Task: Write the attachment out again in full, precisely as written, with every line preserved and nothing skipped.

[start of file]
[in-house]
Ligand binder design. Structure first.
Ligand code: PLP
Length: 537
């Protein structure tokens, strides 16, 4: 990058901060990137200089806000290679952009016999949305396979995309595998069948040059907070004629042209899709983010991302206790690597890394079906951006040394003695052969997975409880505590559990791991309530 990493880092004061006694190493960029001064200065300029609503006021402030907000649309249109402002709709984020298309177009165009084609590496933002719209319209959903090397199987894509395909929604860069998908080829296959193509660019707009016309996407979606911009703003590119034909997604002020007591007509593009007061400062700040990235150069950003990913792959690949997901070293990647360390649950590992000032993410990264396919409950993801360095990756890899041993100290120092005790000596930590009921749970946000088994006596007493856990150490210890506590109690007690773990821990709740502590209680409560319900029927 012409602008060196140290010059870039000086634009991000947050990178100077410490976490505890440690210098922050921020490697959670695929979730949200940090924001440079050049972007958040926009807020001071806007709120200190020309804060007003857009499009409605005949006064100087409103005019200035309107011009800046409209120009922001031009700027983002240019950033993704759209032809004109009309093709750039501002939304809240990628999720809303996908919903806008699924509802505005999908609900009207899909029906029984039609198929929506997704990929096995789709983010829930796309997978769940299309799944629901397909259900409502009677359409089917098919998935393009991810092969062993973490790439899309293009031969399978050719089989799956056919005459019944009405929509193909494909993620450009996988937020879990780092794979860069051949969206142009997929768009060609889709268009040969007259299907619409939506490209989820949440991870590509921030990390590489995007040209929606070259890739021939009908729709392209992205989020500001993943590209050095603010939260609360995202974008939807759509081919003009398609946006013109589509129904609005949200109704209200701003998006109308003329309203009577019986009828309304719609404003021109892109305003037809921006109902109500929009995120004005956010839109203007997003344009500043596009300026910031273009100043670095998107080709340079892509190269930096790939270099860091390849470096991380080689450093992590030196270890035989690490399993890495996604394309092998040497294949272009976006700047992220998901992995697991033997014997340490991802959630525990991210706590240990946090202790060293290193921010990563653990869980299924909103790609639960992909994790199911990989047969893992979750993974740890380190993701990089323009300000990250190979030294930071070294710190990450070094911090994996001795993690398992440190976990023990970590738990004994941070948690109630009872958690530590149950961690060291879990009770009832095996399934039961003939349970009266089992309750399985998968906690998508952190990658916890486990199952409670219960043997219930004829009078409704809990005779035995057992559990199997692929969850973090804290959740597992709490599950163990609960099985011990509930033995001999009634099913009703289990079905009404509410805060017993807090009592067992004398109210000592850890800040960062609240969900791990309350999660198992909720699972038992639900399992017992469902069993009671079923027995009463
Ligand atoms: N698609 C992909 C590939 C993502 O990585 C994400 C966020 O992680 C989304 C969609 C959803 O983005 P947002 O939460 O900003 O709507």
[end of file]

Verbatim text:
[in-house]
Ligand binder design. Structure first.
Ligand code: PLP
Length: 537
């Protein structure tokens, strides 16, 4: 990058901060990137200089806000290679952009016999949305396979995309595998069948040059907070004629042209899709983010991302206790690597890394079906951006040394003695052969997975409880505590559990791991309530 990493880092004061006694190493960029001064200065300029609503006021402030907000649309249109402002709709984020298309177009165009084609590496933002719209319209959903090397199987894509395909929604860069998908080829296959193509660019707009016309996407979606911009703003590119034909997604002020007591007509593009007061400062700040990235150069950003990913792959690949997901070293990647360390649950590992000032993410990264396919409950993801360095990756890899041993100290120092005790000596930590009921749970946000088994006596007493856990150490210890506590109690007690773990821990709740502590209680409560319900029927 012409602008060196140290010059870039000086634009991000947050990178100077410490976490505890440690210098922050921020490697959670695929979730949200940090924001440079050049972007958040926009807020001071806007709120200190020309804060007003857009499009409605005949006064100087409103005019200035309107011009800046409209120009922001031009700027983002240019950033993704759209032809004109009309093709750039501002939304809240990628999720809303996908919903806008699924509802505005999908609900009207899909029906029984039609198929929506997704990929096995789709983010829930796309997978769940299309799944629901397909259900409502009677359409089917098919998935393009991810092969062993973490790439899309293009031969399978050719089989799956056919005459019944009405929509193909494909993620450009996988937020879990780092794979860069051949969206142009997929768009060609889709268009040969007259299907619409939506490209989820949440991870590509921030990390590489995007040209929606070259890739021939009908729709392209992205989020500001993943590209050095603010939260609360995202974008939807759509081919003009398609946006013109589509129904609005949200109704209200701003998006109308003329309203009577019986009828309304719609404003021109892109305003037809921006109902109500929009995120004005956010839109203007997003344009500043596009300026910031273009100043670095998107080709340079892509190269930096790939270099860091390849470096991380080689450093992590030196270890035989690490399993890495996604394309092998040497294949272009976006700047992220998901992995697991033997014997340490991802959630525990991210706590240990946090202790060293290193921010990563653990869980299924909103790609639960992909994790199911990989047969893992979750993974740890380190993701990089323009300000990250190979030294930071070294710190990450070094911090994996001795993690398992440190976990023990970590738990004994941070948690109630009872958690530590149950961690060291879990009770009832095996399934039961003939349970009266089992309750399985998968906690998508952190990658916890486990199952409670219960043997219930004829009078409704809990005779035995057992559990199997692929969850973090804290959740597992709490599950163990609960099985011990509930033995001999009634099913009703289990079905009404509410805060017993807090009592067992004398109210000592850890800040960062609240969900791990309350999660198992909720699972038992639900399992017992469902069993009671079923027995009463
Ligand atoms: N698609 C992909 C590939 C993502 O990585 C994400 C966020 O992680 C989304 C969609 C959803 O983005 P947002 O939460 O900003 O709507």